Gilead: Global Leader in the HIV Market

HIV market

Gilead Sciences (GILD), a biotechnology leader in the HIV market, provides drugs to eight out of every ten HIV treatment-naïve patients in the United States. An HIV treatment-naïve patient is someone who has never used an HIV medication. Gilead’s HIV portfolio accounts for a substantial 42% of its total revenues. According to the Financial Times (2015), the global HIV market was worth $20 billion in 2013.

Gilead: Global Leader in the HIV MarketThe above graph shows that about 611,000 of the total 1.2 million HIV patients in the United States are using Gilead’s HIV products.

Gilead’s HIV drugs

Gilead launched its first major HIV drug, Viread, in 2001. This drug forms the base for all the drugs in Gilead’s HIV product portfolio.

Gilead: Global Leader in the HIV MarketThe above graph shows that Gilead Sciences’ total HIV revenues increased at an annualized rate of 13.4%, from $8.0 billion in 2012 to $10.3 billion in 2014. This growth was mainly driven by increased sales of its drugs Complera (Eviplera in Europe), Stribild, and Viread. According to EvaluatePharma, in the saturated HIV market, only four drugs are expected to register growth in sales: Gilead’s Stribild and Complera, Johnson & Johnson’s (JNJ) INTELENCE, and ViiV Healthcare’s Tivicay. ViiV Healthcare is a partnership between GlaxoSmithKline (GSK), Pfizer (PFE), and Shinogi.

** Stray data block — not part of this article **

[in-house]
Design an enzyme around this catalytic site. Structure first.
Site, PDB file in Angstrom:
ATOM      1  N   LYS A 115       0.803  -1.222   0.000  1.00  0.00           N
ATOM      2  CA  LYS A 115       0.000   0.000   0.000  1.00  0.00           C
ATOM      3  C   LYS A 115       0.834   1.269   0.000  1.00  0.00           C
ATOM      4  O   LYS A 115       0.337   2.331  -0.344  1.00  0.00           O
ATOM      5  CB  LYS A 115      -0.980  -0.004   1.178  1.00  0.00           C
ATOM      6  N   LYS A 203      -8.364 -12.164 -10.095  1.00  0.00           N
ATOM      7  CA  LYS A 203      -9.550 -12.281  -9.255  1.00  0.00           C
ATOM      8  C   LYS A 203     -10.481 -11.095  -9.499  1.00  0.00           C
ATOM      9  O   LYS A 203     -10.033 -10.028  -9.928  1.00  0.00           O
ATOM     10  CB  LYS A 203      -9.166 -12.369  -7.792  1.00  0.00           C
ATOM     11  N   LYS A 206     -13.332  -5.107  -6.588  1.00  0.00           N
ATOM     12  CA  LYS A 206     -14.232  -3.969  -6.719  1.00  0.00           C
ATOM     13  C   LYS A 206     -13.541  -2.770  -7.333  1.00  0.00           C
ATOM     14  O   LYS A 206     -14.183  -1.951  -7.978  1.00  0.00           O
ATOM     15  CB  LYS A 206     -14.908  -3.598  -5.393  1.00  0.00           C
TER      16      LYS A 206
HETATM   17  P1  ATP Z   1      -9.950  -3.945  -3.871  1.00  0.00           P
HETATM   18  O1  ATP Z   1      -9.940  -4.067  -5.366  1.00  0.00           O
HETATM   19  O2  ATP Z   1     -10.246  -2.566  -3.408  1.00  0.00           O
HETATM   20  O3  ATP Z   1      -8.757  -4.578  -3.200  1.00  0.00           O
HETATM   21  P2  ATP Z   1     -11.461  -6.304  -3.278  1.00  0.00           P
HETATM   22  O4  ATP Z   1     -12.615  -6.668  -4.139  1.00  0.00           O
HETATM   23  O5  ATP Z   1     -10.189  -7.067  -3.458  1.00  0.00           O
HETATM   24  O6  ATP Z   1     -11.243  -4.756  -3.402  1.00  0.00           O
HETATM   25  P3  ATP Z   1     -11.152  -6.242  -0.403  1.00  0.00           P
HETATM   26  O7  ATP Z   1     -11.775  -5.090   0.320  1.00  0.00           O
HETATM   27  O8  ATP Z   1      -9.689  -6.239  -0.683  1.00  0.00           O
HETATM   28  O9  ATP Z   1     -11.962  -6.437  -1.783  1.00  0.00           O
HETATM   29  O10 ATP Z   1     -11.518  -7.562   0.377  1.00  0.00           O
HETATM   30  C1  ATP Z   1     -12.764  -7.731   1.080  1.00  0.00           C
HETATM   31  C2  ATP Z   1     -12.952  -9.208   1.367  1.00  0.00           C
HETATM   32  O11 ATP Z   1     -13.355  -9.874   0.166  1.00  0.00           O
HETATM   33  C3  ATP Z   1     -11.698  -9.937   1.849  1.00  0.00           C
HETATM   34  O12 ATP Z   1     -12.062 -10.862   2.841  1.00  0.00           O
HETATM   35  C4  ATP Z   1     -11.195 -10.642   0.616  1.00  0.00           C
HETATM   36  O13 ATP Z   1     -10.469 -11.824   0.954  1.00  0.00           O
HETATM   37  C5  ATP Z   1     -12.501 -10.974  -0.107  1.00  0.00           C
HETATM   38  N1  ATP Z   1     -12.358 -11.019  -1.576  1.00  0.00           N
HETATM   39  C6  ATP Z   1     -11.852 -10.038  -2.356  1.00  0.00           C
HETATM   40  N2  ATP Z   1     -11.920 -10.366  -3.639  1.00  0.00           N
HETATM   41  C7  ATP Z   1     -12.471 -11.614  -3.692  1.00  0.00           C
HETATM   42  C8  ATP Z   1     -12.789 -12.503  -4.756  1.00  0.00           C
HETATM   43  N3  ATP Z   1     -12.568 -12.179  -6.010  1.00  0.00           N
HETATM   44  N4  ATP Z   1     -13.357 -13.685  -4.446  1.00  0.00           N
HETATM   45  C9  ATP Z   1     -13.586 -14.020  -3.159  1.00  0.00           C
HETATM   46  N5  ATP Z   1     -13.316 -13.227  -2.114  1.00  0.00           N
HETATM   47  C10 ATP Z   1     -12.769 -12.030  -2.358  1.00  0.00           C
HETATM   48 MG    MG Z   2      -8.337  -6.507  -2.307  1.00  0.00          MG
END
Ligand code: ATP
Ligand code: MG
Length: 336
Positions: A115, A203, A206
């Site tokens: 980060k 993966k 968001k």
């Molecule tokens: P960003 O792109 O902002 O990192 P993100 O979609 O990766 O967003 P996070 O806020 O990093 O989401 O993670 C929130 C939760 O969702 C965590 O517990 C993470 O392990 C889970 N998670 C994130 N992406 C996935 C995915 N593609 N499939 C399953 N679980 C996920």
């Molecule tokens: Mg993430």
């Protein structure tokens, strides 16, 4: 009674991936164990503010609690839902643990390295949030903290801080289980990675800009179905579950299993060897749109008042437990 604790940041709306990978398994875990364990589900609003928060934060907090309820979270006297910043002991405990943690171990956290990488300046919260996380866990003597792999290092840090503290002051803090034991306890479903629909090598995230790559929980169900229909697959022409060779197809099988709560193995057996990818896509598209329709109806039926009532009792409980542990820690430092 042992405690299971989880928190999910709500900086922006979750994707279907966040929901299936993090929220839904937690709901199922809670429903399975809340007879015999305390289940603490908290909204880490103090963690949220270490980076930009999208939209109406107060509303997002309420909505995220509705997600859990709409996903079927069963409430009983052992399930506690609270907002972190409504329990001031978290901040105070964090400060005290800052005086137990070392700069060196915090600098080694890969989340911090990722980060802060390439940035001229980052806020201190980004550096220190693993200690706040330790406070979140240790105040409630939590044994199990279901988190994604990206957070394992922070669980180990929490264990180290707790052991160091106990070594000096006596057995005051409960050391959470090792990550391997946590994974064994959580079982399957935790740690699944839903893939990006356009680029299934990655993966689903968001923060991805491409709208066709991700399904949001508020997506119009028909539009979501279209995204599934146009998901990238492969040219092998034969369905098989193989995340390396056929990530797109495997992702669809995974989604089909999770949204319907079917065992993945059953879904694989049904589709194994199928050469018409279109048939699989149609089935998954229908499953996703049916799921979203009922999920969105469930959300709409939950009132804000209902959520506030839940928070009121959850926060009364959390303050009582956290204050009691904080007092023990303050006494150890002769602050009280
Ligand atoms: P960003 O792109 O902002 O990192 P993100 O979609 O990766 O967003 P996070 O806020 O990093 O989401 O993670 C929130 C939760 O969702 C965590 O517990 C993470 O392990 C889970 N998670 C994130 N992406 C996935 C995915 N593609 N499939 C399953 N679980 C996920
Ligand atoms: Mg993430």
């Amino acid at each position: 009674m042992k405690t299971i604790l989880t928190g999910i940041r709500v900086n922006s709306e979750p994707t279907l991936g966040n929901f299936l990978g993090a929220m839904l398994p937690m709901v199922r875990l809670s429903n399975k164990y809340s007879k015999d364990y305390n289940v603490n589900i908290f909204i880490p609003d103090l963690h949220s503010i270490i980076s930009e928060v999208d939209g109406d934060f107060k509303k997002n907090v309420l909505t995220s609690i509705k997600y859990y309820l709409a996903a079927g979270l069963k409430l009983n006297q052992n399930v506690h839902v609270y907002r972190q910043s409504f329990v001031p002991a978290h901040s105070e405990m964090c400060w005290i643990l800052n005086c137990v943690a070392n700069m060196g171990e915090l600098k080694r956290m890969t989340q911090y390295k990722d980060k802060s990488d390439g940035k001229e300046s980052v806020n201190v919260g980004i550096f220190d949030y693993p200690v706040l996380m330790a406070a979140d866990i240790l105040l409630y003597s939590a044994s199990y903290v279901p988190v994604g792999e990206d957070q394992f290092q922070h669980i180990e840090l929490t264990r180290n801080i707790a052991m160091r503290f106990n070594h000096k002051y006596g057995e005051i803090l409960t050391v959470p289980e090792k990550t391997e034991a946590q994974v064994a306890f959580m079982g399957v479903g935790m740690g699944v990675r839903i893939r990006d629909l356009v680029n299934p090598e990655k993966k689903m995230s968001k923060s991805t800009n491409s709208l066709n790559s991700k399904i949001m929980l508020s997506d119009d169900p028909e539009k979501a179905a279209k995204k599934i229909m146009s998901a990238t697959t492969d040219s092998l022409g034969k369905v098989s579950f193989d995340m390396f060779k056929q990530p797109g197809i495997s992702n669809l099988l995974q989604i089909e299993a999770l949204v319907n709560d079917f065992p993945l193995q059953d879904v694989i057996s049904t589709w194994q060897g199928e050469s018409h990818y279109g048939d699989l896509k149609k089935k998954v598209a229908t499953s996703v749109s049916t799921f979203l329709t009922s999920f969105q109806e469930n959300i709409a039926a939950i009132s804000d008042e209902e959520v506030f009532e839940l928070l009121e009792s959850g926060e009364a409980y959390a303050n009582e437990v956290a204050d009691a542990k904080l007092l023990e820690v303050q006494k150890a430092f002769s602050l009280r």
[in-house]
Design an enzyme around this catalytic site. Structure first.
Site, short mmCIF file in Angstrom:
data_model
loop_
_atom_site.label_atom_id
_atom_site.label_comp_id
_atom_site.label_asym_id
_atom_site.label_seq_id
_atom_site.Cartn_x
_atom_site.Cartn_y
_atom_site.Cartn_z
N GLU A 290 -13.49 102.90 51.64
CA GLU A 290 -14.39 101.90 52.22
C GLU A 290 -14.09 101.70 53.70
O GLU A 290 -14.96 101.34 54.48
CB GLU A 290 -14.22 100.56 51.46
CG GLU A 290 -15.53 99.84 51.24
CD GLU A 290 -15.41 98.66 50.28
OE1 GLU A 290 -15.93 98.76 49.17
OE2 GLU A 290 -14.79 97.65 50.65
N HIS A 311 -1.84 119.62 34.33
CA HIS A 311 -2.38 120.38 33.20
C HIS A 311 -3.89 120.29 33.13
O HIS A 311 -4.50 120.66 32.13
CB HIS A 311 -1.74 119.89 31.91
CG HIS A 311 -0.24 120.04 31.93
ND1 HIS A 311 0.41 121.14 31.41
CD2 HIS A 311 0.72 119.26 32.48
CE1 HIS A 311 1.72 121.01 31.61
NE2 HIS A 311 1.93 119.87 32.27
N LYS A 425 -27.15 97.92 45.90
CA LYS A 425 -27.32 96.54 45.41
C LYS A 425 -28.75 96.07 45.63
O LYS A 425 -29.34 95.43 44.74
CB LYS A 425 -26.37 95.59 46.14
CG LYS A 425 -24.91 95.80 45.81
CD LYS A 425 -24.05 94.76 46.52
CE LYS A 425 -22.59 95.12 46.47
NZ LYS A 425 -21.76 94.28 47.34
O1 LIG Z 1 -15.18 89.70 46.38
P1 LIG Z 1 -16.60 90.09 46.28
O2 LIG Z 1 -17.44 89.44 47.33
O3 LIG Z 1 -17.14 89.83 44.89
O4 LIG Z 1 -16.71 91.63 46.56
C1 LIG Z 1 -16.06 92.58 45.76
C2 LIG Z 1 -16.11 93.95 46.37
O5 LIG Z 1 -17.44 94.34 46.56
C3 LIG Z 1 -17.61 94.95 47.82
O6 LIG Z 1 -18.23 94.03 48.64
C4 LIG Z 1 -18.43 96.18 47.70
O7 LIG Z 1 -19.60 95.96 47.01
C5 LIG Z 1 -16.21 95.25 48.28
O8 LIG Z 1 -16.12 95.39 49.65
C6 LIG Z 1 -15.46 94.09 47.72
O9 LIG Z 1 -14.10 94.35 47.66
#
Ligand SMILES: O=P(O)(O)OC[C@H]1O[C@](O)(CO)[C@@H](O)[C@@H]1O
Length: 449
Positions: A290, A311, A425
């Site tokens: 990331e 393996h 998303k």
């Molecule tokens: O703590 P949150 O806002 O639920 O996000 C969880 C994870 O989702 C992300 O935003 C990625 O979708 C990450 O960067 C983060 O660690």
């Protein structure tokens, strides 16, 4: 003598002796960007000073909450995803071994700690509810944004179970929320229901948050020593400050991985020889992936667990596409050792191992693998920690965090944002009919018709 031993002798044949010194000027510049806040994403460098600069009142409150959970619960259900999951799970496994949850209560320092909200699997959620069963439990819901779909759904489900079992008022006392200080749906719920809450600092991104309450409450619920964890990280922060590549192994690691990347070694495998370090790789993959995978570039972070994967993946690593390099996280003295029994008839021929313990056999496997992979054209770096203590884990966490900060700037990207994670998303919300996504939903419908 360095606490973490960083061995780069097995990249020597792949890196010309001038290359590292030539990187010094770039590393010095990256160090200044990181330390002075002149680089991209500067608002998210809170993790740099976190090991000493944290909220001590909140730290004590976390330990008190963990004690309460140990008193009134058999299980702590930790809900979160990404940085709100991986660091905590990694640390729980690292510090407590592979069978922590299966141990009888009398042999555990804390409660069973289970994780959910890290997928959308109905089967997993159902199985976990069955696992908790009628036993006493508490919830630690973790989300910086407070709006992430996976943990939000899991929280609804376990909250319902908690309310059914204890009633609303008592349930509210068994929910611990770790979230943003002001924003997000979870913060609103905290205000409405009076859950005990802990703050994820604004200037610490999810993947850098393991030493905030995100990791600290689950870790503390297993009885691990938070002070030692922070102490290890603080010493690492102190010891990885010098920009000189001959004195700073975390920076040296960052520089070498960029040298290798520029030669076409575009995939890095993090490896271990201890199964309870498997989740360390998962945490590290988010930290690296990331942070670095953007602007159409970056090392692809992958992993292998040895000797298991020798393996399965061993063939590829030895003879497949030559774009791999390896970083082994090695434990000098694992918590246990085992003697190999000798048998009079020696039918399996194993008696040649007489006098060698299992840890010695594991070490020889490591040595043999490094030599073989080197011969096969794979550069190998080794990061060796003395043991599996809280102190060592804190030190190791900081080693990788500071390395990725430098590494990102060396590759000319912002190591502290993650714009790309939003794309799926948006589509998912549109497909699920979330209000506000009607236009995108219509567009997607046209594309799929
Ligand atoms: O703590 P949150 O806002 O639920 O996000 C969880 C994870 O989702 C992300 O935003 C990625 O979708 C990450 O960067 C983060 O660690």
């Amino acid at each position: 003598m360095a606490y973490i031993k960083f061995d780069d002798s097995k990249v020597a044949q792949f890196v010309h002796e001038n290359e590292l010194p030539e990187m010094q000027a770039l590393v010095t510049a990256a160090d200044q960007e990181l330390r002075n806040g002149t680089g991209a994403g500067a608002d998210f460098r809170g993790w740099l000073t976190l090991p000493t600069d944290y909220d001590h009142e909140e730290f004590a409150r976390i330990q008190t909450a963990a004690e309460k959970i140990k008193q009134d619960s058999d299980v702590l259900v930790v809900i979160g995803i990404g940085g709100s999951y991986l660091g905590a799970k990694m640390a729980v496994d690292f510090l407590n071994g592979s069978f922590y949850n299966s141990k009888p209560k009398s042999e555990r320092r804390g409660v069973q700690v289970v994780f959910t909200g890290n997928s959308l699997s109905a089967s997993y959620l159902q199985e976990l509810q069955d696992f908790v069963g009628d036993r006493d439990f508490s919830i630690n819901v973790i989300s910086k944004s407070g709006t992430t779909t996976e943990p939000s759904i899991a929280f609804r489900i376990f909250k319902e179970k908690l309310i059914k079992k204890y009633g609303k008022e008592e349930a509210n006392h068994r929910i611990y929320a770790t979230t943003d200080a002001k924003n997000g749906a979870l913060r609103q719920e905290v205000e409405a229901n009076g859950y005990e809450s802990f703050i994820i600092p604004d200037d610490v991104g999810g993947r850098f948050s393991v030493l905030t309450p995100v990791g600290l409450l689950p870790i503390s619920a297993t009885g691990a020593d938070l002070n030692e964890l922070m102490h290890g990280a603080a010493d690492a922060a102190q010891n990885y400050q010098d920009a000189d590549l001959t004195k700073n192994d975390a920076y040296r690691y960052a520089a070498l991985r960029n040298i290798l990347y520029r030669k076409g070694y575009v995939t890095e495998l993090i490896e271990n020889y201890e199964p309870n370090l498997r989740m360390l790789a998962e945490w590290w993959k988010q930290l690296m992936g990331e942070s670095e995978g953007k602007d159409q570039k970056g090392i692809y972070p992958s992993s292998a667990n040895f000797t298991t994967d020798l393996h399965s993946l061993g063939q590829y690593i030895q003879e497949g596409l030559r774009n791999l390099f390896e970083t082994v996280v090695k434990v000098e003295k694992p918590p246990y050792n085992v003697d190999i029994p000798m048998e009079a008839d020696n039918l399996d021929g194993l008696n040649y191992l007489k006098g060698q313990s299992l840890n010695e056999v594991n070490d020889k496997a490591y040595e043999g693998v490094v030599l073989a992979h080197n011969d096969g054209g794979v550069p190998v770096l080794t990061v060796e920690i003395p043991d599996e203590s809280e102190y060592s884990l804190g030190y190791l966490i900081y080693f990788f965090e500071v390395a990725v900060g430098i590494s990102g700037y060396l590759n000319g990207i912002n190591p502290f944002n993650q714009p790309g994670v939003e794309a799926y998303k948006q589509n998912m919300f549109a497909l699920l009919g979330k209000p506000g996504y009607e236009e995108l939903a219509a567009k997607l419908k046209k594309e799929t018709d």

Drug overview

Stribild was introduced in the US market in 2012. With a wholesale price of $28,500 a year, Stribild is a four-drug combination therapy. Compared to the previously launched blockbuster drugs Atripla and Truvada, this drug has proven to be equivalent in efficacy and displays fewer side effects related to sleep and cognition. Stribild managed to garner more than $1 billion in revenues in its second year and is expected to earn peak sales worth $4.7 billion.

Complera, a combination therapy, involves pharmaceuticals from Johnson & Johnson and Tibotec’s Edurant and Gilead’s Truvada. In clinical trials, Complera has proved to be better than Atripla in reducing HIV infection. However, in patients who don’t respond to Complera, the medication can make the infection drug resistant and difficult to control.

Atripla is a combination of Bristol-Myers’ SUSTIVA and Gilead’s Truvada. It has been the leading HIV medication since 2006.

In addition to being an effective anti-HIV drug, Truvada is also the only FDA-approved drug that can be used to prevent HIV in high-risk individuals. Viread has also registered healthy growth in revenues, as it is effective in both HIV as well as chronic hepatitis B patients.

Investors can get exposure to Gilead’s strong HIV portfolio while reducing company-specific risks by investing in the iShares NASDAQ Biotechnology ETF (IBB). IBB invests 7.89% of its portfolio in Gilead Sciences.